Comparing the audio to the visual I can only go by what I have seen in the slide show on the IIkki page and the below Vimeo video, De Blauwer’s collages don’t reveal full images and provide juxtapositions which compliment the music at hand.


This particular book has been nominated for the Revelation Book Awards to be announced at La Maison Rouge in Paris next week.

IIKKI 002 is “Alveare” a music by Andrea Belfi and visual art by Matthias Heiderich. Andrea Belfi is “a drummer, composer and experimental musician. Through the last twenty years he has developed a unique style of drumming“. His work has appeared on labels such as Room40, Miasmah, Constellation and others. On this recording Andrea plays drums, percussion and synthesizer and is joined by Audrey Chen (Cello on “Grigiro”) and Atilla Faravelli (Rotating Speakers on “Abito”). The record was mastered by Guiseppe Ielasi and design by Sprflxgrfzm.

Matthias Heiderich is a Berlin based photographer whose urban landscapes “plays with lines and colors to give his own vision of the cities,  a new perspective of architecture photography. And certainly,  more than all,a regard on the human”.

“Alveare is a journey across and toyed man-made cement beehives – the legacy of a group of visionary architects.  Their playground : post-war Italy. Their vision: affordable dwelling designed to meet as many human needs as possible. A superficial look at these architectural reveries decades later might bring to mind terms as “excessiveness” and “megalomania”. But these massive edifices are prototypes of a city  of the future –  an urbanized future that was yet to be shaped by bold ideas and dreams”.

When you think of musicians that are predominantly percussionists,  there are not a lot that come to mind that produce music other on their chosen instrument or who explore sound. Artists like Simon Scott, Oren Ambarchi, Tony Buck and Mick Harris come to mind. Add Andrea Belfi to that list. Belfi’s “Alveare” is a sonic trip, brilliantly mastered by fellow Italian Guiseppe Ielasi (who was formative in the younger Belfi’s musical education due to a distribution he ran and exposed Andrea to different sounds). This LP is perfect for headphone listening. The sounds bounce in and out and are sharp and clear with depth and texture.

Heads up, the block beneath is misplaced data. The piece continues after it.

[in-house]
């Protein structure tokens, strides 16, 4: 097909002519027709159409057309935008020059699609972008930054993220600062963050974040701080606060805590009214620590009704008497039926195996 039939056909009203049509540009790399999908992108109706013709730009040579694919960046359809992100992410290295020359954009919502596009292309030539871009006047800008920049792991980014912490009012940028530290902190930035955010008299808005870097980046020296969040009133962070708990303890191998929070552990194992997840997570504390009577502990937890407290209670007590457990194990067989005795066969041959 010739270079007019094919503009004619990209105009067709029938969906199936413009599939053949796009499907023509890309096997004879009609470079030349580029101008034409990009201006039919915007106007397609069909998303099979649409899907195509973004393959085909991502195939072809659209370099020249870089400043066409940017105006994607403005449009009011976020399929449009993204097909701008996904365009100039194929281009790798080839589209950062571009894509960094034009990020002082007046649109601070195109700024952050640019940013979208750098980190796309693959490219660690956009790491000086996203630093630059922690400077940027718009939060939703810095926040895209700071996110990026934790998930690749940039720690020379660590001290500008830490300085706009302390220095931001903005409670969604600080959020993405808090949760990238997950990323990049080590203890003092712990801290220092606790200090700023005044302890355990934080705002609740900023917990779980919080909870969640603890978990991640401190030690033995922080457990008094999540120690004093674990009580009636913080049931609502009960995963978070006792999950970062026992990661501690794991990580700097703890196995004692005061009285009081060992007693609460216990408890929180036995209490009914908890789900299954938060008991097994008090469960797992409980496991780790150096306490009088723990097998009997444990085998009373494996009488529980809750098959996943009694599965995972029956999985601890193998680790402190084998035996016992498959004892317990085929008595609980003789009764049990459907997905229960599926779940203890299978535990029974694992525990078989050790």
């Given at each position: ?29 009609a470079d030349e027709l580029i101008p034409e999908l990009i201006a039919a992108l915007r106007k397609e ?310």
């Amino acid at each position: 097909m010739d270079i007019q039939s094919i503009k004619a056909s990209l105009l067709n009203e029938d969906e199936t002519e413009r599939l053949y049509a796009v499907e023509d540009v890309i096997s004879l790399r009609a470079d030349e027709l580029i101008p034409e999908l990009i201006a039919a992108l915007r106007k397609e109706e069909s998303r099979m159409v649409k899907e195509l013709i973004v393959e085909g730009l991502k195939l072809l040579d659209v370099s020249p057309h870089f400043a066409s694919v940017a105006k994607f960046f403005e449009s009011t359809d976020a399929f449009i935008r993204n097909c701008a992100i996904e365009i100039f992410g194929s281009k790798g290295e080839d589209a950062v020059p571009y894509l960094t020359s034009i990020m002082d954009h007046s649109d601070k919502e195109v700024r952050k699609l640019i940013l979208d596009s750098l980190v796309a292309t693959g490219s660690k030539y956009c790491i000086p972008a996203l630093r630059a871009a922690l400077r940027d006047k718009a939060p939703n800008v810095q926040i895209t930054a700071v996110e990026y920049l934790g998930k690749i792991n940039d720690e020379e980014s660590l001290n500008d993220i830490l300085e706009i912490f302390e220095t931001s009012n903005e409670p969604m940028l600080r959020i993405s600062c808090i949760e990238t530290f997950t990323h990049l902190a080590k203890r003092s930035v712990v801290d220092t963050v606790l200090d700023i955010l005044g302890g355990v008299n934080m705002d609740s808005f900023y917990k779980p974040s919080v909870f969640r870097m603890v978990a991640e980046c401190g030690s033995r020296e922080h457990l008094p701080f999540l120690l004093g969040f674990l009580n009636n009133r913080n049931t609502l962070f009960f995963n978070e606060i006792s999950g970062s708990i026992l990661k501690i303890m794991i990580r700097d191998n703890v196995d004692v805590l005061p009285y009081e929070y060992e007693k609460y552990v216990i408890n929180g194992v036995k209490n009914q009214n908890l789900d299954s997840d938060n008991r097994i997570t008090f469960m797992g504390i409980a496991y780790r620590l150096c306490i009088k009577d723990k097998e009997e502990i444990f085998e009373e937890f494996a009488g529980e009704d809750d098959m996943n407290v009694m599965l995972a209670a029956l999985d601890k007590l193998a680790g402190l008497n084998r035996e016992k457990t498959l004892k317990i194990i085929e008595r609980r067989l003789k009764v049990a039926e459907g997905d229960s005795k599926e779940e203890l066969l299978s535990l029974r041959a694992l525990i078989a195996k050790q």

“Alveare” opens  with “Vano” (meaning vain) which starts with panning electronic pulses and percussion that in places is slightly muted, repetitive and explores the drum kit. There is a slightly Dubby feel with layers of thud electronics which are the predominant sound. Sounds fizz and scatter, glitches of sine waves pop and crack, ominous sounds and noises swirl in a mid track crescendo and continue to hold their own while the percussion holds it together.

“Statico” starts with persuasive gong sounds with added effects various persuasive effects like what sounds like small drums, a sharp triangle, but not triangle sound with what sounds like some sort of whistle/wind instrument and electronics that build a hypnotic mostly persuasive track that gives you the feel of a documentary of some 70’s Expo.

“Grigio” (meaning Grey) featuring the Cello of Audrey Chen starts of with a Spaghetti Western feel or of a film scene some sort of isolation or in the desert, with the synths providing that feel supported by digitally affected percussion and repetitive cymbal work, haunting cello, building electronics and slightly motorik percussion leads into scattershot electronics that lead into the tracks percussive finale. For an almost 9 and a half-minute piece there is a lot going on. The only reference I can come up with is some elements of Amon Tobin’s work.

“Abito”  featuring Atilla Faravelli on rotating speakers is probably the most futuristic of the pieces on the album. The futuristic sounds are purely from the past, the drumming that is the bed for which they rest on is tribal. A translation of “Abito”  to English references clothing or dress, when cam also be used in reference to appearances, so in this case it could ne a direct reference to the futurist architecture of the book.
“Passo”  (meaning steps or a small movement) contains the elements from previous tracks filtered through to one point. Electronics scatter and clash, synth sounds from from the 70s vibrate and oscillate, Dubby percussion clangs and bangs, while the track flows in a Dubby experimental fashion.

Comparing the audio to the visual I can only go by what I have seen in the slide show on the IIkki page and below Vimeo video, the images are quite angular, geometric in pattern and minimal. It would be easy to go with music that fitted these things,  but the buildings themselves were futuristic from a post-war perspective and Belfi’s take on post-war futurism compliments Heiderich’s photos perfectly. Incidentally the word “Alveare” means beehive, which in some of the cases of the photo makes sense with the angles and geometric shapes of some of the architecture featured.